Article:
The Nation’s Need for Wound Care Training

physician resources meeting

Seven million people in the United States have chronic wounds, and most are not getting the care they need. Many physicians who practice in specialties where wounds are common do not have the training necessary to manage their patients’ non-healing wounds. And there simply aren’t enough wound care specialists with the breadth and depth of expertise needed to manage this diverse and often complex patient population.

The reasons for the limited number of wound care specialists are varied. First, wound care has not been designated as a medical specialty despite meeting the key criteria. Second, many people, even those in medicine, don’t understand the degree of medical management involved in healing chronic wounds. Third, training programs are relatively rare, and they vary in quality. Finally, not enough healthcare professionals have been exposed to the specialty. Therefore, they don’t realize the importance of wound care or the benefits of working in the field.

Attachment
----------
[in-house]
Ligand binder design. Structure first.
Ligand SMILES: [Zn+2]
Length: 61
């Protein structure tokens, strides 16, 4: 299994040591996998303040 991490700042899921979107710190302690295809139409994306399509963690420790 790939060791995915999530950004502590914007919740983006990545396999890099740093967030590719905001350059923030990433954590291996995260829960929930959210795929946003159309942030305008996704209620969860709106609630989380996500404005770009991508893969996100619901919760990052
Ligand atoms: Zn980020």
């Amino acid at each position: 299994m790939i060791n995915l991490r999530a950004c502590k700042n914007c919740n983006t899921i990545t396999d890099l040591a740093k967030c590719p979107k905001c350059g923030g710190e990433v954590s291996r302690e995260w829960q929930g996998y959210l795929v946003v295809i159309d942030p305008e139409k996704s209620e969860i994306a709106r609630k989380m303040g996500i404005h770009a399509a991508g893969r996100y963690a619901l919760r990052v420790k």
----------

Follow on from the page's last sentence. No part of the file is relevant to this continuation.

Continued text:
Establishing a wound care specialty

Wound care is not yet designated as a medical specialty by the Accreditation Council for Graduate Medical Education. However, it meets the criteria often used to designate a specialty:

  • Chronic wounds are a recognized and prevalent health concern that affects a significant portion of the population.
  • Wound care has an extensive body of research, evidence, and literature.
  • The field covers a broad spectrum of disease entities but has enough direct content to qualify as an independent field of study.
  • A large number of healthcare providers are interested in the field and are currently practicing wound care.

The medical community must establish wound care as a specialty in order to create a formal process to recruit, train, and formally certify wound care specialists. This would lead to an academic curriculum and residency and fellowship training in wound healing, formally establishing the field and going a long way to meet the enormous need among patients.